A beautifully crafted picture book biography that speaks of the power of childhood dreams to create activism and a man with a voice to change generations. Appropriate for ages 6-8.

Reviewed from library copy.

 

Lift Your Light a Little Higher by Heather Henson

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Lift Your Light a Little Higher: The Story of Stephen Bishop: Slave-Explorer by Heather Henson, illustrated by Bryan Collier (InfoSoup)

Stephen Bishop was a slave who explored and mapped Mammoth Cave. The book is set in 1840 where you can follow the light of Bishop’s lantern deep into the massive cave as he gives people and the reader a tour. For the reader though, the tour is about slavery, about civil rights and about the ability for a man to discover value through exploring darkness. Bishop was the first to see many of Mammoth’s sights, including the blind fish. He learned to read as people signed their names on the cave’s ceiling, though learning to read and write was forbidden for slaves. This man’s story is a tale of resilience, self worth and discovery.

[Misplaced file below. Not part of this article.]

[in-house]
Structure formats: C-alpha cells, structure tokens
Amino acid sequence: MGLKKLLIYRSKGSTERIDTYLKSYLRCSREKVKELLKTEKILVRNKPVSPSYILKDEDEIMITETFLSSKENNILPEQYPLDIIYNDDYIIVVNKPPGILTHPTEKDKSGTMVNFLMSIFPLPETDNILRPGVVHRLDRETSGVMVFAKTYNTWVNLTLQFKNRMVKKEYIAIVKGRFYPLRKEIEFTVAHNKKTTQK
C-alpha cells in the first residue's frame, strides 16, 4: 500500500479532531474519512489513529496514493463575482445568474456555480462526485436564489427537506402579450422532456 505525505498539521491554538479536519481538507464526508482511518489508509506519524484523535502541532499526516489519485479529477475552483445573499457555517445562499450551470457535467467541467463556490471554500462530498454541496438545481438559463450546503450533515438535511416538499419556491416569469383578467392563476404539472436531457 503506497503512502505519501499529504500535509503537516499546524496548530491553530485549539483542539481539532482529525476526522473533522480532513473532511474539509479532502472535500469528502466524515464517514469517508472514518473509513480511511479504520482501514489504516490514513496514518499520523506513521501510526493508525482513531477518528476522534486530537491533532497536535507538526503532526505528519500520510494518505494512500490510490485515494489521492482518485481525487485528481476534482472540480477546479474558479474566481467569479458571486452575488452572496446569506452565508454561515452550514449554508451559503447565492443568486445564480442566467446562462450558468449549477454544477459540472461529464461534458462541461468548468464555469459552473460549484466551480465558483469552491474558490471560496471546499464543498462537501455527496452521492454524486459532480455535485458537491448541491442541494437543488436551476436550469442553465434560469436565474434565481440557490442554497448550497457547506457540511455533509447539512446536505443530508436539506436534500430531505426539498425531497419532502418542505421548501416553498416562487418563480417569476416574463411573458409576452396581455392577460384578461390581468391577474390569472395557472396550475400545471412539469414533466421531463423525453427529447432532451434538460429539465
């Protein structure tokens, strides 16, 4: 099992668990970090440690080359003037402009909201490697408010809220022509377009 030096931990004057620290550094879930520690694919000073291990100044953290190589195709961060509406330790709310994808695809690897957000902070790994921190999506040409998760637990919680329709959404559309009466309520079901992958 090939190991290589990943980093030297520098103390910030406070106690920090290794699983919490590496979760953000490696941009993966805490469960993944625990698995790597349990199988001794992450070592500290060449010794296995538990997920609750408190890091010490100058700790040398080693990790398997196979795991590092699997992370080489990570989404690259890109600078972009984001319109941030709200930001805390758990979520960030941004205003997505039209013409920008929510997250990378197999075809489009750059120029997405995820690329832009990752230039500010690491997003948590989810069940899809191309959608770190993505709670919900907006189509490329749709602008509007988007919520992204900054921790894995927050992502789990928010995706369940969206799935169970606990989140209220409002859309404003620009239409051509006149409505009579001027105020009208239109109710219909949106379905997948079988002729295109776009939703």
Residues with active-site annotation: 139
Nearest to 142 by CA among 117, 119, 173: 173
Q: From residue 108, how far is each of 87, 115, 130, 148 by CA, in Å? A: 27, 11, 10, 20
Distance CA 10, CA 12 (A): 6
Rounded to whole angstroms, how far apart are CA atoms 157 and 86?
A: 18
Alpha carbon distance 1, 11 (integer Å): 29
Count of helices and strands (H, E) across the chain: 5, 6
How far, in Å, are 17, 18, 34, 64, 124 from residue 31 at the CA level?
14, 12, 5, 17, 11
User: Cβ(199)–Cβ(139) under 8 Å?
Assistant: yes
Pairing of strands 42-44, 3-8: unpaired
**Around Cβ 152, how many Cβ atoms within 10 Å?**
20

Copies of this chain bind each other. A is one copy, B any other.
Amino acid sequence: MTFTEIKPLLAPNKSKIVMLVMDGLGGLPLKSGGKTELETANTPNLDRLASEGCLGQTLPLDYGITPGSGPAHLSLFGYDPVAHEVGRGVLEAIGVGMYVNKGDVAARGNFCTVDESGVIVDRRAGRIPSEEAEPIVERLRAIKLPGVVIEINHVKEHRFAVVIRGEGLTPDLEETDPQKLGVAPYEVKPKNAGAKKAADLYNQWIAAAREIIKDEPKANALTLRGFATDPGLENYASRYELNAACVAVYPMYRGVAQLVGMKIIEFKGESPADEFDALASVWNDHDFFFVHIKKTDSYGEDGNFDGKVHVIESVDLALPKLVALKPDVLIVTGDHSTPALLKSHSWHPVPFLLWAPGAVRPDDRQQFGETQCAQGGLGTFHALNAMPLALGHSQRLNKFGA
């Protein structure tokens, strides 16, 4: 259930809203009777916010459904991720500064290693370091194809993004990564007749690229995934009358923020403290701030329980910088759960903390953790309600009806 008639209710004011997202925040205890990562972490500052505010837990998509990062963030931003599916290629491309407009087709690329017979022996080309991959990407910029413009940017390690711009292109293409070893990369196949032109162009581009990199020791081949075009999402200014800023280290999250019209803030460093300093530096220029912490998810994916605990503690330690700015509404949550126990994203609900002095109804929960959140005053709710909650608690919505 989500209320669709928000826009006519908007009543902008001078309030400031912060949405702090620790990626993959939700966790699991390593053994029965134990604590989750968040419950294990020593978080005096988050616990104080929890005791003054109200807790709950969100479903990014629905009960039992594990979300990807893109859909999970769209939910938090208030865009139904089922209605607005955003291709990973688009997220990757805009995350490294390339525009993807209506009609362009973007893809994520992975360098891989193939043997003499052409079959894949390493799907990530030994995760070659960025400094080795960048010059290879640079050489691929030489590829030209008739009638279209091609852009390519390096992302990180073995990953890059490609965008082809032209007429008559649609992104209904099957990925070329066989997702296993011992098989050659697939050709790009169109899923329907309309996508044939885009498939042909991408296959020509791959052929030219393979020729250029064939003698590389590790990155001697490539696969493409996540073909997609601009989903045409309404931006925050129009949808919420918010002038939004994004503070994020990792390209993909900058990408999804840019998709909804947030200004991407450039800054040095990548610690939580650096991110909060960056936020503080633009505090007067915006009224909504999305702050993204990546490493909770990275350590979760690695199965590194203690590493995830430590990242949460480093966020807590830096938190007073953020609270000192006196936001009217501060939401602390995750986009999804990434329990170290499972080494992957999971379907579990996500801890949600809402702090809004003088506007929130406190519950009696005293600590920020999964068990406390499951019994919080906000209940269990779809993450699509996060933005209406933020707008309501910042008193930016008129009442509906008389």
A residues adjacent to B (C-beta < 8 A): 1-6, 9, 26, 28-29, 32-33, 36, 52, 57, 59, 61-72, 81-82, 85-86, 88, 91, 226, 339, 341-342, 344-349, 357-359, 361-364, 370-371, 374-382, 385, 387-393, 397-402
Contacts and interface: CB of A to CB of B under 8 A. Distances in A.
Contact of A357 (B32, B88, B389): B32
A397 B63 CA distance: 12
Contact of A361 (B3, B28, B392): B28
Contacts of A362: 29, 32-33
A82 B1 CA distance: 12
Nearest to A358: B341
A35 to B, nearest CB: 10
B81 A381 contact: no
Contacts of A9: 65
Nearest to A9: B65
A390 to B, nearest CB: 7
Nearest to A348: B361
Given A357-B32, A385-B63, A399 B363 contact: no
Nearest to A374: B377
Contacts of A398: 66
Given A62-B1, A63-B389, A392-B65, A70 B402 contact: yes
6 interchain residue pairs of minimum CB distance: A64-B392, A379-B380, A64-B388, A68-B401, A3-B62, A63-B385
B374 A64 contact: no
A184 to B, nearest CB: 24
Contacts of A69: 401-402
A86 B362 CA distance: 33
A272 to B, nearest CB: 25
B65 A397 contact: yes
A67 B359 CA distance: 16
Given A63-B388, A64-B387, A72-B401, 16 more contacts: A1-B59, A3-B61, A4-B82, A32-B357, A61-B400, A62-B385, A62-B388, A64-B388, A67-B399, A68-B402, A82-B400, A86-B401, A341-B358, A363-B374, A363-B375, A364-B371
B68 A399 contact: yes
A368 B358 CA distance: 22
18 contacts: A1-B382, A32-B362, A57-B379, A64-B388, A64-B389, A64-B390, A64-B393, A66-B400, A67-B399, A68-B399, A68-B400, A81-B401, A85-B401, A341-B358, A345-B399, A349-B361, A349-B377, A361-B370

Henson tells the story almost in verse, capturing the highlights of the man’s discoveries but also weaving the dark side of slavery with the darkness of the cave. Henson gives Bishop a strong voice, one that stands out on the page and demands to be heard. Told in the voice of The Guide, Bishop explains slavery and its structure to the reader just as he explains his role and his attitudes towards life and the cave that made his famous. The author’s note contains information on Bishop and how he was sold along with the cave to several owners.